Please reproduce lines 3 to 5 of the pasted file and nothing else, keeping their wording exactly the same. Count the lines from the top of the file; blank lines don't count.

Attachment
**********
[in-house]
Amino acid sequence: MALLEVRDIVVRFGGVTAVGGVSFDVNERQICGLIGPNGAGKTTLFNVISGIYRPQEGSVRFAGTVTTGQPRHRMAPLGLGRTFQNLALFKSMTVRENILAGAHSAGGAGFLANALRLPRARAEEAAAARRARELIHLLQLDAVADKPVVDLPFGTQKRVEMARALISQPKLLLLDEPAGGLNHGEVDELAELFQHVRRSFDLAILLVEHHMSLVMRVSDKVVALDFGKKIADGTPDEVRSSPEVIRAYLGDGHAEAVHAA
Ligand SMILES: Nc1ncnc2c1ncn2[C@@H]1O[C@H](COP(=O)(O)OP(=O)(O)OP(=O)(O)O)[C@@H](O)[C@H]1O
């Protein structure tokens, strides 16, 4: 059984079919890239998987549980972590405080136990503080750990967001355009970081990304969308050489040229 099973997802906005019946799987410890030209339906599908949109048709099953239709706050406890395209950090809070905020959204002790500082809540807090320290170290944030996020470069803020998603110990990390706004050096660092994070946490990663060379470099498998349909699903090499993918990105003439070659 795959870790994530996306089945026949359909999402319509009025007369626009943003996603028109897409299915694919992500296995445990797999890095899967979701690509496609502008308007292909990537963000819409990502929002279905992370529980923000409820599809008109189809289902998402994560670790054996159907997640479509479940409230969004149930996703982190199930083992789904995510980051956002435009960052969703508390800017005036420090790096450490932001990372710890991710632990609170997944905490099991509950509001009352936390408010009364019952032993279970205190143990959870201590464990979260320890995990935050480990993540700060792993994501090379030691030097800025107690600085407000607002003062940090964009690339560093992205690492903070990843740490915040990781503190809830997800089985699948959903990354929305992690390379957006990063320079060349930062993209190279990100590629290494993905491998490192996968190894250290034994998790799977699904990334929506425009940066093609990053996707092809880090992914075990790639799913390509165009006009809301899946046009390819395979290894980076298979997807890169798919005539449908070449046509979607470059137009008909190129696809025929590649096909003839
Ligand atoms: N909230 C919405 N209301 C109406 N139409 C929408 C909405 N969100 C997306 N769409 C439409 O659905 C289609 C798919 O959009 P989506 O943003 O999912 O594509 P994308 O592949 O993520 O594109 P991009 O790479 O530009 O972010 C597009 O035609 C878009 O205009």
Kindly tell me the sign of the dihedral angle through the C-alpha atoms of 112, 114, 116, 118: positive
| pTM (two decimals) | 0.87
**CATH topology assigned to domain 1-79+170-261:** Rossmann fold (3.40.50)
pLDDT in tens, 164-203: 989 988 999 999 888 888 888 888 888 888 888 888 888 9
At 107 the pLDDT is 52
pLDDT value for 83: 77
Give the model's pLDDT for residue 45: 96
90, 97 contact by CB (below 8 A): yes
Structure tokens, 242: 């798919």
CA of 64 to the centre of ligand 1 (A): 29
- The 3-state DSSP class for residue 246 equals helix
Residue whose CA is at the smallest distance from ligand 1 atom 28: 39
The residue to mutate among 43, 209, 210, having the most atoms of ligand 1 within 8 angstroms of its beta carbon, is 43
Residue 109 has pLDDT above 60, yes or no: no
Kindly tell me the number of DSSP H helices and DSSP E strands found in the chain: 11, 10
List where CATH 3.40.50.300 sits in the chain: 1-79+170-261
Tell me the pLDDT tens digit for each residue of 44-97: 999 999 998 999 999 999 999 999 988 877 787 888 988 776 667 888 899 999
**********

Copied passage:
Ligand SMILES: Nc1ncnc2c1ncn2[C@@H]1O[C@H](COP(=O)(O)OP(=O)(O)OP(=O)(O)O)[C@@H](O)[C@H]1O
């Protein structure tokens, strides 16, 4: 059984079919890239998987549980972590405080136990503080750990967001355009970081990304969308050489040229 099973997802906005019946799987410890030209339906599908949109048709099953239709706050406890395209950090809070905020959204002790500082809540807090320290170290944030996020470069803020998603110990990390706004050096660092994070946490990663060379470099498998349909699903090499993918990105003439070659 795959870790994530996306089945026949359909999402319509009025007369626009943003996603028109897409299915694919992500296995445990797999890095899967979701690509496609502008308007292909990537963000819409990502929002279905992370529980923000409820599809008109189809289902998402994560670790054996159907997640479509479940409230969004149930996703982190199930083992789904995510980051956002435009960052969703508390800017005036420090790096450490932001990372710890991710632990609170997944905490099991509950509001009352936390408010009364019952032993279970205190143990959870201590464990979260320890995990935050480990993540700060792993994501090379030691030097800025107690600085407000607002003062940090964009690339560093992205690492903070990843740490915040990781503190809830997800089985699948959903990354929305992690390379957006990063320079060349930062993209190279990100590629290494993905491998490192996968190894250290034994998790799977699904990334929506425009940066093609990053996707092809880090992914075990790639799913390509165009006009809301899946046009390819395979290894980076298979997807890169798919005539449908070449046509979607470059137009008909190129696809025929590649096909003839
Ligand atoms: N909230 C919405 N209301 C109406 N139409 C929408 C909405 N969100 C997306 N769409 C439409 O659905 C289609 C798919 O959009 P989506 O943003 O999912 O594509 P994308 O592949 O993520 O594109 P991009 O790479 O530009 O972010 C597009 O035609 C878009 O205009």